(3) This date represents a 30-month delay from the original intended implementation date of 1 Jan 2011. The date was first extended by one year in December 2010, then again by an additional 18 months in December 2011.
(4) For public bus, sanitation and postal trucks, and other civil vehicle fleets.

Sub-national regions and cities in China are permitted to implement vehicle emission standards in advance of the nationwide implementation dates, under two conditions. First, the standard must have already been adopted and issued by the national government. Second, China’s State Council, the highest executive body, must grant approval. Beijing has historically led in the advanced implementation of vehicle emission standards, following by Shanghai, Guangzhou, and some other major cities. While the national China V standards will apply to all new heavy-duty vehicles, in general, early adoption in sub-national regions and cities has applied only to public buses and municipal service vehicles. More recently, Beijing’s 1 Jun 2015 introduction of China V applies to trucks and private buses as well. The following table summarizes the advanced implementation of HDV emission standards in sub-national regions in China:

Advanced Implementation of Heavy-Duty Emission Standards in Sub-National Regions
Stage Beijing Shanghai Guangzhou and others
China I 1 Jan 1999 1 Jul 1999 n/a
China II 1 Jan 2003 1 Mar 2003 1 Jul 2005
China III 31 Dec 2005 HDV: phased-in over 2007 1 Sep 2006
China IV 1 Jul 2008 1 Nov 2009 1 June 2010 (GZ + 9 cities in Guangdong Province)
China V 1 Feb 2013
1 Jun 2015 for new HDV sales(1)
1 May 2014 31 Dec 2015 (GZ + 9 cities in Guangdong Province)
30 June 2016 Guangdong Province

1 Apr 2016 in 11 eastern provinces(2) for public bus, sanitation and postal trucks, and other civil vehicle fleets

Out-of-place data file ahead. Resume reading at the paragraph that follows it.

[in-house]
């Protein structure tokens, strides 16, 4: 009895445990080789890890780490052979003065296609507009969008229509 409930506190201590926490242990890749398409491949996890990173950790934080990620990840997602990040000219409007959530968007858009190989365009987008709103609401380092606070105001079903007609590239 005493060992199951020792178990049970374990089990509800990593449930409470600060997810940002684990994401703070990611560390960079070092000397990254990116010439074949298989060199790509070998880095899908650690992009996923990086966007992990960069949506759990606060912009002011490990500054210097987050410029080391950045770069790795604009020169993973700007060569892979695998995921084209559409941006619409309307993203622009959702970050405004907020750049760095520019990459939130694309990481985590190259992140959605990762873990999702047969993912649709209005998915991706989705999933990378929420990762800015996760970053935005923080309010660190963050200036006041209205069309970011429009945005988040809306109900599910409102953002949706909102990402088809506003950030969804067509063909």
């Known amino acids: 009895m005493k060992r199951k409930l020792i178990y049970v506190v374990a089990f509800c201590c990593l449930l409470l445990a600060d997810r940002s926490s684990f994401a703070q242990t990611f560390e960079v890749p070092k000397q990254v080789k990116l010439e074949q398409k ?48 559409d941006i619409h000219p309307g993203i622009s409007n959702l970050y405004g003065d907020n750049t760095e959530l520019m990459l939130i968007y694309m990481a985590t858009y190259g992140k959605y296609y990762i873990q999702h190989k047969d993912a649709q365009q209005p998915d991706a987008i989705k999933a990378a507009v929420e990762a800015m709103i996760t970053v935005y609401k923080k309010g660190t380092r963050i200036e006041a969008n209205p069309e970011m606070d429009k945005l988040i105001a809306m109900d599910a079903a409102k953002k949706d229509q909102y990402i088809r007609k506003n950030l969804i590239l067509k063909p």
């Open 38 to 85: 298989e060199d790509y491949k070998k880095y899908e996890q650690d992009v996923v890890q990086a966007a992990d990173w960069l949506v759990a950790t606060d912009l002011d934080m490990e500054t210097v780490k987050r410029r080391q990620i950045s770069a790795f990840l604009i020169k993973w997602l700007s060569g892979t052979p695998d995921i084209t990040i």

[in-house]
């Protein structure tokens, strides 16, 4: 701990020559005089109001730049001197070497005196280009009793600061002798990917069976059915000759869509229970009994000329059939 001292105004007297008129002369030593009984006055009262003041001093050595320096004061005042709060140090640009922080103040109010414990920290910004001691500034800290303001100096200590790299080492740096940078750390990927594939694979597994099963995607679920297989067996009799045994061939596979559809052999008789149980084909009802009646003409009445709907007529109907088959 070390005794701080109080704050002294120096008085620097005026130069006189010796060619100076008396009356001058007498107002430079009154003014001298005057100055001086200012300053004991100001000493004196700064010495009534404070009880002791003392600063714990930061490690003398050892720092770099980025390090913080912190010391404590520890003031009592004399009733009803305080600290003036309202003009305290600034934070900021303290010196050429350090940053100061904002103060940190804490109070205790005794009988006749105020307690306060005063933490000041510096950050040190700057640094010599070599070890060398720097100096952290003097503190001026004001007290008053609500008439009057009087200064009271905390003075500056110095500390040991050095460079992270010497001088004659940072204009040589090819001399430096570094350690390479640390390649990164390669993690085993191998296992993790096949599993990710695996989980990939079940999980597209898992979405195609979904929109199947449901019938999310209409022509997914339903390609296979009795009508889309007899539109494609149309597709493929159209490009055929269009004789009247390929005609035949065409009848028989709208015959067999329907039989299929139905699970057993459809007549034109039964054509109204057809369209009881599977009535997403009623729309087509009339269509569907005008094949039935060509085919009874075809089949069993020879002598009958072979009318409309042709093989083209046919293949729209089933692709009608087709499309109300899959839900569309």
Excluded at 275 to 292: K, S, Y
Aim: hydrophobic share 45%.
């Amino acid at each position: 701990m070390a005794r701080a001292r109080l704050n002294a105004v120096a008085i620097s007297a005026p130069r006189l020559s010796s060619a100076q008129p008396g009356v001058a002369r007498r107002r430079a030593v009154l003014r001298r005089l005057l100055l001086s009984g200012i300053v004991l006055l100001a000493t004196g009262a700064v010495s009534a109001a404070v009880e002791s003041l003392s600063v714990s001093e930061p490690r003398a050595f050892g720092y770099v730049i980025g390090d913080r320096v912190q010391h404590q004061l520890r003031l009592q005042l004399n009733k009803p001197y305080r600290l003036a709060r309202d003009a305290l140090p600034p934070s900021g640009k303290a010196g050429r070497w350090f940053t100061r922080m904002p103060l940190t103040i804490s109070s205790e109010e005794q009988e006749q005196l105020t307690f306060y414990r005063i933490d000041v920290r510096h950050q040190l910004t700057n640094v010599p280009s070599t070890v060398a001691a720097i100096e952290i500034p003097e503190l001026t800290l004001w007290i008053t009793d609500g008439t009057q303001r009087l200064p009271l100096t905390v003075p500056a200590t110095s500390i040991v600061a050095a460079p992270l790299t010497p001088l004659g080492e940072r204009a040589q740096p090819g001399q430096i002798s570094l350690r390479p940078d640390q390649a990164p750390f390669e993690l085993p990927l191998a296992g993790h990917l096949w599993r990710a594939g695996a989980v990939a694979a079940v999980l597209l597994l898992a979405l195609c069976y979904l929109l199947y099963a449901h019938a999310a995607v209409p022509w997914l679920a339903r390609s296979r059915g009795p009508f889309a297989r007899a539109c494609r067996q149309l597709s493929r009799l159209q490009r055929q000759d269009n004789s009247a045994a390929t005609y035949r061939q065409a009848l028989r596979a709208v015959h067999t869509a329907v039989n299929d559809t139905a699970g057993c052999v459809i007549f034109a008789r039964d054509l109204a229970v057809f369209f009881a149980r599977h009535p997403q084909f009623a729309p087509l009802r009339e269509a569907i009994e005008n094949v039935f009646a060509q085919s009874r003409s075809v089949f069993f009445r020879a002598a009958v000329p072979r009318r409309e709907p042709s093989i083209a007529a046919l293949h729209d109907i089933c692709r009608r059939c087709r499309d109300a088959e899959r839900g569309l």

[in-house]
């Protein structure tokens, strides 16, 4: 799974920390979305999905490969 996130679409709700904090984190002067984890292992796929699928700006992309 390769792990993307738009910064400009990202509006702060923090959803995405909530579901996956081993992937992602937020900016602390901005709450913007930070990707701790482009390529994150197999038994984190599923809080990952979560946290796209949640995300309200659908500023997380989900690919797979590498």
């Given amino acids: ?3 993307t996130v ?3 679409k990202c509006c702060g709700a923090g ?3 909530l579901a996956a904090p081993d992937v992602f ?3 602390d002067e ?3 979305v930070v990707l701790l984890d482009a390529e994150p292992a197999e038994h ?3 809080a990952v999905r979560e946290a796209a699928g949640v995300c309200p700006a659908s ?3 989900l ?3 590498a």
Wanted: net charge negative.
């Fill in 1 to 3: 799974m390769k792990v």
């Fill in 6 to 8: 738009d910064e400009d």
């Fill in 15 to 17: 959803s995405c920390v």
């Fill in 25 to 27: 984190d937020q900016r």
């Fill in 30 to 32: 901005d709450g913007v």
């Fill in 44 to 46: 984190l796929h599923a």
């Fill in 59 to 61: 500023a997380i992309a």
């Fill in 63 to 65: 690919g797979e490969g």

China VI 2016 (proposed) n/a n/a
(1) Starting from 1 Jan 2016, DPFs will also be required on new sales of public HDDVs (buses, sanitation, postal, tour coaches, shuttles etc)
(2) These 11 eastern provinces are Beijing, Tianjin, Hebei, Liaoning, Shanghai, Jiangsu, Zhejiang, Fujian, Shandong, Guangdong and Hainan.

China IV-V delays

China’s regulation GB 17691-2005 specifies the implementation dates for the China III, IV, and V standards. The original implementation dates listed in the standard for China IV were 1/1/2010 for new vehicle type approvals and 1/1/2011 for all vehicle sales and registrations. However, MEP issued two delays to the implementation of the China IV standard, first by one year in December 2010, then by an additional 18 months in January 2012, yielding a new implementation date of 7/1/2013 for all vehicle sales and registrations. The second delay announcement also re-opened type approvals for China III engines. China V implementation, originally scheduled for 2012/2013, has also been delayed, with no new implementation dates yet announced. The stated reason for the delays was the lack of adequate nationwide supply of high quality fuel.